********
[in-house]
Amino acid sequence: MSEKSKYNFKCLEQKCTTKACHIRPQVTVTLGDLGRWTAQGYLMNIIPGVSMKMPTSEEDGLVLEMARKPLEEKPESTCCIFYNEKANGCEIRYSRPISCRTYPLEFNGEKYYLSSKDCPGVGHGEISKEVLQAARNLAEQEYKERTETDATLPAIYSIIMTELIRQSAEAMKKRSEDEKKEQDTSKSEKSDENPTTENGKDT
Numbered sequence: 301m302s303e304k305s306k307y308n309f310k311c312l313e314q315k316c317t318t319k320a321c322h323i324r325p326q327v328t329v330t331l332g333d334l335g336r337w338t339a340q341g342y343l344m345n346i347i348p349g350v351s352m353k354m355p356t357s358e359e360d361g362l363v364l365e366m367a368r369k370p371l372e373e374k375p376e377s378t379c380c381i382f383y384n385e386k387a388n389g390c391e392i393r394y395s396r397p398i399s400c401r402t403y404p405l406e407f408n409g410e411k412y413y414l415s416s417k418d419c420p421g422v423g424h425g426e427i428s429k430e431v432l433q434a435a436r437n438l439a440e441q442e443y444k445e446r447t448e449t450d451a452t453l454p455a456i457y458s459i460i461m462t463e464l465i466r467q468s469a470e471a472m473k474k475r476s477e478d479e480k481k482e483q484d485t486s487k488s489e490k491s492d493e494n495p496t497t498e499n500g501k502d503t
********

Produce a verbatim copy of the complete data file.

[in-house]
Amino acid sequence: MSEKSKYNFKCLEQKCTTKACHIRPQVTVTLGDLGRWTAQGYLMNIIPGVSMKMPTSEEDGLVLEMARKPLEEKPESTCCIFYNEKANGCEIRYSRPISCRTYPLEFNGEKYYLSSKDCPGVGHGEISKEVLQAARNLAEQEYKERTETDATLPAIYSIIMTELIRQSAEAMKKRSEDEKKEQDTSKSEKSDENPTTENGKDT
Numbered sequence: 301m302s303e304k305s306k307y308n309f310k311c312l313e314q315k316c317t318t319k320a321c322h323i324r325p326q327v328t329v330t331l332g333d334l335g336r337w338t339a340q341g342y343l344m345n346i347i348p349g350v351s352m353k354m355p356t357s358e359e360d361g362l363v364l365e366m367a368r369k370p371l372e373e374k375p376e377s378t379c380c381i382f383y384n385e386k387a388n389g390c391e392i393r394y395s396r397p398i399s400c401r402t403y404p405l406e407f408n409g410e411k412y413y414l415s416s417k418d419c420p421g422v423g424h425g426e427i428s429k430e431v432l433q434a435a436r437n438l439a440e441q442e443y444k445e446r447t448e449t450d451a452t453l454p455a456i457y458s459i460i461m462t463e464l465i466r467q468s469a470e471a472m473k474k475r476s477e478d479e480k481k482e483q484d485t486s487k488s489e490k491s492d493e494n495p496t497t498e499n500g501k502d503t